The Environmental Defense Fund’s smart grid initiative, especially its demonstration program in Austin, TX, shows the promise for integrated, large scale programs to turn the electricity system into a truly integrated one where customers will be full partners in demand-side management AND in generation, through small-scale, distributed production from sources such as solar and wind.

Smart AC modlet

But each of us can and must act individually to reduce our carbon footprints, which brings me to a neat device from Thinkeco, the SmartA/C “modlet.” It plugs into the wall socket where you plug in your window-mounted A/C unit, then the A/C plugs into the modelet.

You create a schedule to automatically turn your A/C on and off to save energy. The thermostat also senses the room temp and turns your A/C on and off to maintain a temperature around your set point.  And, rather than keep the A/C on all day when you’re at work just so the apartment will be cool when you get home, you can regulate the temperature from the smartphone app, turning it down before you leave the office.

Several utilities, including Con Ed in NYC, now provide the units to their customers, and they can really make a difference: in New York City alone, there are 6.5 million room air conditioners, which account for up to 2,500 megawatts of demand, or 20 percent of peak demand in the city.  What could be better: an apartment that’s cool when you need it, lower utility bills, and a reduction in greenhouse gases?

Or, there’s Automatic, which plugs into your car’s diagnostic port, and, through Bluetooth, sends you “subtle audio clues” (evidently “SLOW DOWN, IDIOT” doesn’t modify behavior) when it senses you’re accelerating or braking too rapidly or speeding. It also compiles a weekly overall score for your driving — the higher the score, the more economically you’re driving. Hopefully, you’ll modify your driving behavior, save gas money, and reduce emissions (Automatic also has some nice additional features, such as automatically notifying emergency officials if you crash).

I’m a grandfather, and I’m sick about the world that we’re leaving our grandchildren. Let’s all resolve, whether through IoT technology or personal habit change, to tread lightly on the earth and reduce our carbon footprint. It’s no longer a choice.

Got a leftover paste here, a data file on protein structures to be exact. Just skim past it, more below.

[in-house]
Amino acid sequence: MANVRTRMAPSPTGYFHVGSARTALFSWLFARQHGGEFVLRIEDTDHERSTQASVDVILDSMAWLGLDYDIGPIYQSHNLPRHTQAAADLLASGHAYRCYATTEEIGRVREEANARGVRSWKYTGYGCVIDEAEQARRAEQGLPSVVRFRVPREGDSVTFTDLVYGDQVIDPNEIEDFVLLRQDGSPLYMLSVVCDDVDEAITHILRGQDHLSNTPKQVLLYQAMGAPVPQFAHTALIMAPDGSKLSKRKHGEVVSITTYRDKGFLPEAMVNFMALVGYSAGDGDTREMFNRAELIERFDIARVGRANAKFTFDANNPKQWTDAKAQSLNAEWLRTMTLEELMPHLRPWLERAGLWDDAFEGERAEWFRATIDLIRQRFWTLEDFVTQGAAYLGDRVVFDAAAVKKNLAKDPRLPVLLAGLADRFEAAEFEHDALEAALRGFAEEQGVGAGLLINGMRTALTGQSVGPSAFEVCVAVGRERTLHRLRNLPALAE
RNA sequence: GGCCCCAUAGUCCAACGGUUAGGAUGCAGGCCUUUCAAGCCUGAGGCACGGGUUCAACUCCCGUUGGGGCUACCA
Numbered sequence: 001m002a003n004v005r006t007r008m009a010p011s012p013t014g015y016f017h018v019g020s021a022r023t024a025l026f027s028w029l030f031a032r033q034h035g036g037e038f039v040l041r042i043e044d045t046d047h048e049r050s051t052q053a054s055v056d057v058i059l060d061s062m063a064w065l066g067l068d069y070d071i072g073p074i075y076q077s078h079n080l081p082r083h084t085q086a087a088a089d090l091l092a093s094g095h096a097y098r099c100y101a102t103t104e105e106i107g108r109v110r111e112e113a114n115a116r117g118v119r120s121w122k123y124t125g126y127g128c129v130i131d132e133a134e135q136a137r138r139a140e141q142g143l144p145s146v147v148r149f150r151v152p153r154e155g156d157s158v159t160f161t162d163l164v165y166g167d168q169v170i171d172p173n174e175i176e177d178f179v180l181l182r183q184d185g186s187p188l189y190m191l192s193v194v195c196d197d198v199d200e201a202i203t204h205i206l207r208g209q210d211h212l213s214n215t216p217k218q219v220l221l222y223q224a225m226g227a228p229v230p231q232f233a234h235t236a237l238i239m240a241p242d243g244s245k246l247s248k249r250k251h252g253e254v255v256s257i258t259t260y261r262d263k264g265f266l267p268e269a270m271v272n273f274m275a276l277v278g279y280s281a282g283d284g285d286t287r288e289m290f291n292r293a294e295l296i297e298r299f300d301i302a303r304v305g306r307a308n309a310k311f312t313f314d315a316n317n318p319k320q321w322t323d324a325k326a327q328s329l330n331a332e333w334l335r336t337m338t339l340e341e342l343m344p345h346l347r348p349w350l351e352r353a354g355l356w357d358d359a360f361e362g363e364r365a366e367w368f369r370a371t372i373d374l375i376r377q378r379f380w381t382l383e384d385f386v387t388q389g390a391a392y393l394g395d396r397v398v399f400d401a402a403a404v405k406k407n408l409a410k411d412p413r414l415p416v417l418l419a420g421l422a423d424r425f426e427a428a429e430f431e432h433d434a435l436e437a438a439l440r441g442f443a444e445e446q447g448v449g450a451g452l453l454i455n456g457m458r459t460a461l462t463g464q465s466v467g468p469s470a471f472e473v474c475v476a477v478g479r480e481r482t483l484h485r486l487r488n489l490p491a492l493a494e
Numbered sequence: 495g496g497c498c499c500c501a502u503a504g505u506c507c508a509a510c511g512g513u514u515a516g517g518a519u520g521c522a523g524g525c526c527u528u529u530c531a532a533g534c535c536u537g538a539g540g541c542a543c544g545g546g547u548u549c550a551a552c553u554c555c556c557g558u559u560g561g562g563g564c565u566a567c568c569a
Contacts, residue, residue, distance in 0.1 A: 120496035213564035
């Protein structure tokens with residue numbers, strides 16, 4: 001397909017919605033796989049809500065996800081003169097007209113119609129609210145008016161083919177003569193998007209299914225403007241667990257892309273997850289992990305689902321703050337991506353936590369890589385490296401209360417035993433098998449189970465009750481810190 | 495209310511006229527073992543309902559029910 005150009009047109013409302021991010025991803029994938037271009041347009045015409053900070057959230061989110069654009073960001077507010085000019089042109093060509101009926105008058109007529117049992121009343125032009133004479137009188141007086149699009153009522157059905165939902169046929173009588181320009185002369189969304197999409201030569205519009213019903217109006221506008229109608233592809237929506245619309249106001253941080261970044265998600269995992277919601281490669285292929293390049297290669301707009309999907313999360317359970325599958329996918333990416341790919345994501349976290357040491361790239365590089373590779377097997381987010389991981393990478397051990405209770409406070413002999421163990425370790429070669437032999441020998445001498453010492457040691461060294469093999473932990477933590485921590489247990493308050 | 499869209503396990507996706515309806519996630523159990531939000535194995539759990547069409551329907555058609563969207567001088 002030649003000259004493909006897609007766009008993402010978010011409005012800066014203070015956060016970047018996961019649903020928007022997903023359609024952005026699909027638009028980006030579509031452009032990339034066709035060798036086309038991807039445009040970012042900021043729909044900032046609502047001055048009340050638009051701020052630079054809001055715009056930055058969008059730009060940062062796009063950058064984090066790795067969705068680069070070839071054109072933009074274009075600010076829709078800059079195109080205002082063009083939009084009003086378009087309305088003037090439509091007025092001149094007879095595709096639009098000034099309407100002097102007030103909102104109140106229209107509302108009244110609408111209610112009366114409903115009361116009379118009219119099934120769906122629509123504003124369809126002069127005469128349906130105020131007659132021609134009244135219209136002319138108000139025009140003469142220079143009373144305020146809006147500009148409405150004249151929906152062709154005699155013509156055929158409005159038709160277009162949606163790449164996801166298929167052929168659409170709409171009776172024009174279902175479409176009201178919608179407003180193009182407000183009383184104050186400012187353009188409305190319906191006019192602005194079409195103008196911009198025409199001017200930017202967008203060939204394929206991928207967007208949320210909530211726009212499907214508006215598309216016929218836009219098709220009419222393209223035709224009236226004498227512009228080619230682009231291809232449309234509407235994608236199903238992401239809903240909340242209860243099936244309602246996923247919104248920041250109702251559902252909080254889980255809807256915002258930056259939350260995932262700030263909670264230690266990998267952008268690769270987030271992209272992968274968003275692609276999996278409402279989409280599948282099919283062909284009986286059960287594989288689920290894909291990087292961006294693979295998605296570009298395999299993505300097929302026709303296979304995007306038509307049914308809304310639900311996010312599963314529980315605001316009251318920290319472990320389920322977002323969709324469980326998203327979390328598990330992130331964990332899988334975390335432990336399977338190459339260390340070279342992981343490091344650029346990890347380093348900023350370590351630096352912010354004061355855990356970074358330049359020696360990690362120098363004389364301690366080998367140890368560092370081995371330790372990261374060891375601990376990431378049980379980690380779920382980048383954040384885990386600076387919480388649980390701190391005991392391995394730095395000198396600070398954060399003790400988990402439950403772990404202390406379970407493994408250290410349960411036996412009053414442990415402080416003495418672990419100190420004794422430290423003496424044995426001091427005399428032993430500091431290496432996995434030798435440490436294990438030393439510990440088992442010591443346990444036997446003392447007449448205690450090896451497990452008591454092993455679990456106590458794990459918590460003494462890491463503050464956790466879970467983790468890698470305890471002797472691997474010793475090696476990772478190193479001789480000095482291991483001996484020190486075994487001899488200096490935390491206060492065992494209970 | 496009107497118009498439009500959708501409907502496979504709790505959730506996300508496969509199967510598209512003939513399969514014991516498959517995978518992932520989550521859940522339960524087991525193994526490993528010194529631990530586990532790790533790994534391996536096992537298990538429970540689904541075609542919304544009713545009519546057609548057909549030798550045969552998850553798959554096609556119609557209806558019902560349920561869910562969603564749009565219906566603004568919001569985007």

It’s Time for IoT-enabled “Real-Time” Regulation

Pardon me, but I still take the increasingly-unfashionable view that we need strong, activist government, to protect the weak and foster the public interest.

That’s why I’m really passionate about the concept (for what it’s worth, I believe I’m the first to propose this approach)  that we need Internet of Things enabled “real-time regulation” that wouldn’t rely on scaring companies into good behavior through the indirect means of threatening big fines for violations, but could actually minimize, or even avoid, incidents from ever happening, while simultaneously improving companies’ operating efficiency and reducing costly repairs. I wrote about the concept in today’s O’Reilly SOLID blog — and I’m going to crusade to make the concept a reality!

I first wrote about “real-time” regulation before I was really involved in the IoT: right after the BP Gulf blow-out, when I suggested that:

The .. approach would allow officials to monitor in real time every part of an oil rig’s safety system. Such surveillance could have revealed the faulty battery in the BP rig’s blowout preventer and other problems that contributed to the rig’s failure. A procedure could have been in place to allow regulators to automatically shut down the rig when it failed the pressure test rather than leaving that decision to BP.”

Since then I’ve modified my position about regulators’ necessarily having first-hand access to the real-time data, realizing that any company with half a brain would realize as soon as they saw data that there might be a problem developing (as opposed to having happened, which is what was too often the case in the past..) would take the initiative to shut down the operation ASAP to make a repair, saving itself the higher cost of dealing with a catastrophic failure.

As far as I’m concerned, “real-time regulation” is a win-win:

  • by installing the sensors and monitoring them all the time (typically, only the exceptions to the norm would be reported, to reduce data processing and required attention to the data) the company would be able to optimize production and distribution all the time (see my piece on “precision manufacturing“).
  • repair costs would be lower: “predictive maintenance” based on real-time information on equipment’s status is cheaper than emergency repairs.